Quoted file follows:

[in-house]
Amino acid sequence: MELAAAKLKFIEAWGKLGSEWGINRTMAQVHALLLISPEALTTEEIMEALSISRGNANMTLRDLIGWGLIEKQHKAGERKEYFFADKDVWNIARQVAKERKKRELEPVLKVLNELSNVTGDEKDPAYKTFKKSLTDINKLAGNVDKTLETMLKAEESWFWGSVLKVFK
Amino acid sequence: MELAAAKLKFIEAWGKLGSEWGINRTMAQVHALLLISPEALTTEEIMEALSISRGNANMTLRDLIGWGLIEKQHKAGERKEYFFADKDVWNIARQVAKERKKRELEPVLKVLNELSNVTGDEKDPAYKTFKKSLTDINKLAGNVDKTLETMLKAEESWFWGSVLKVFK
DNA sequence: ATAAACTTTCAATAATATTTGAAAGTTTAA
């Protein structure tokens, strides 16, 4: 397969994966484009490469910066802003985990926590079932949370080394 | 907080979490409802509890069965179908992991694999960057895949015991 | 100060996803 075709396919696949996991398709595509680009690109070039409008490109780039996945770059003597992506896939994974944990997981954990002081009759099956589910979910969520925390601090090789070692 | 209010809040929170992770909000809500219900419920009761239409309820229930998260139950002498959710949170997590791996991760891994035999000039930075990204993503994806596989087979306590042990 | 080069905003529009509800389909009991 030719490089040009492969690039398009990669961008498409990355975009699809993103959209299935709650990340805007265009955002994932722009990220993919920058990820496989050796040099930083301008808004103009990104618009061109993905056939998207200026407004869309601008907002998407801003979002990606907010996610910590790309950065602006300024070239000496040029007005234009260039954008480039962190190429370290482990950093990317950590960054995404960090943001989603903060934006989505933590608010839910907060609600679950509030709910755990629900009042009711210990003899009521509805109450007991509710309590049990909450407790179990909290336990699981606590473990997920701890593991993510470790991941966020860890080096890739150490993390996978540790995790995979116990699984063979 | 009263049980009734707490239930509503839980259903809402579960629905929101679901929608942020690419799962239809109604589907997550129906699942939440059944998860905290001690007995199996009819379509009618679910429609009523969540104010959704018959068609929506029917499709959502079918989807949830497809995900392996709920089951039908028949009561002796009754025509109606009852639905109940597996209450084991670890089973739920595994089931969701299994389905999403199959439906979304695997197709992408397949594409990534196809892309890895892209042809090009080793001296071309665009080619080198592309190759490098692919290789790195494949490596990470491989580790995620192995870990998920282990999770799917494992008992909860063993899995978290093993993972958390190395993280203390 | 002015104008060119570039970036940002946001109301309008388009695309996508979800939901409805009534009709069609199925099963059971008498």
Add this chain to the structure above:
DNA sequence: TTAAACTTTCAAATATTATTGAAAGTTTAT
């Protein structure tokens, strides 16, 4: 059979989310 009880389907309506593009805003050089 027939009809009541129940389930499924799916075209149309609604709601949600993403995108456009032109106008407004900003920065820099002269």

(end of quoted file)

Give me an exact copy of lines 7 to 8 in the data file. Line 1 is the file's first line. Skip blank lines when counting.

DNA sequence: TTAAACTTTCAAATATTATTGAAAGTTTAT
């Protein structure tokens, strides 16, 4: 059979989310 009880389907309506593009805003050089 027939009809009541129940389930499924799916075209149309609604709601949600993403995108456009032109106008407004900003920065820099002269």